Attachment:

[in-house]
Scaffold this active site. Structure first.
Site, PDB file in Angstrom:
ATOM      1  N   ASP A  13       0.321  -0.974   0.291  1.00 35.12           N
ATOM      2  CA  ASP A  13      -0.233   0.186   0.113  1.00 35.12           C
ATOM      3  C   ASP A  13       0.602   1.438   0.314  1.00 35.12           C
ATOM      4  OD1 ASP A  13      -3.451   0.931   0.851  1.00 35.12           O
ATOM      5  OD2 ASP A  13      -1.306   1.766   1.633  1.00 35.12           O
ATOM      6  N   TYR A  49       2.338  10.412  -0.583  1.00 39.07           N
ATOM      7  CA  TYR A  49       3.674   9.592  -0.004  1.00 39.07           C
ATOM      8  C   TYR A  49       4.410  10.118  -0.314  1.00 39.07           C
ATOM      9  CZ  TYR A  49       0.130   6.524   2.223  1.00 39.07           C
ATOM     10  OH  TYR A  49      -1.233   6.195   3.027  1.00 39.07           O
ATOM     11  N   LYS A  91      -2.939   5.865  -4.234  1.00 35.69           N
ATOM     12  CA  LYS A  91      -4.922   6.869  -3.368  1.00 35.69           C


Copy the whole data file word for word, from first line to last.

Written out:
[in-house]
Scaffold this active site. Structure first.
Site, PDB file in Angstrom:
ATOM      1  N   ASP A  13       0.321  -0.974   0.291  1.00 35.12           N
ATOM      2  CA  ASP A  13      -0.233   0.186   0.113  1.00 35.12           C
ATOM      3  C   ASP A  13       0.602   1.438   0.314  1.00 35.12           C
ATOM      4  OD1 ASP A  13      -3.451   0.931   0.851  1.00 35.12           O
ATOM      5  OD2 ASP A  13      -1.306   1.766   1.633  1.00 35.12           O
ATOM      6  N   TYR A  49       2.338  10.412  -0.583  1.00 39.07           N
ATOM      7  CA  TYR A  49       3.674   9.592  -0.004  1.00 39.07           C
ATOM      8  C   TYR A  49       4.410  10.118  -0.314  1.00 39.07           C
ATOM      9  CZ  TYR A  49       0.130   6.524   2.223  1.00 39.07           C
ATOM     10  OH  TYR A  49      -1.233   6.195   3.027  1.00 39.07           O
ATOM     11  N   LYS A  91      -2.939   5.865  -4.234  1.00 35.69           N
ATOM     12  CA  LYS A  91      -4.922   6.869  -3.368  1.00 35.69           C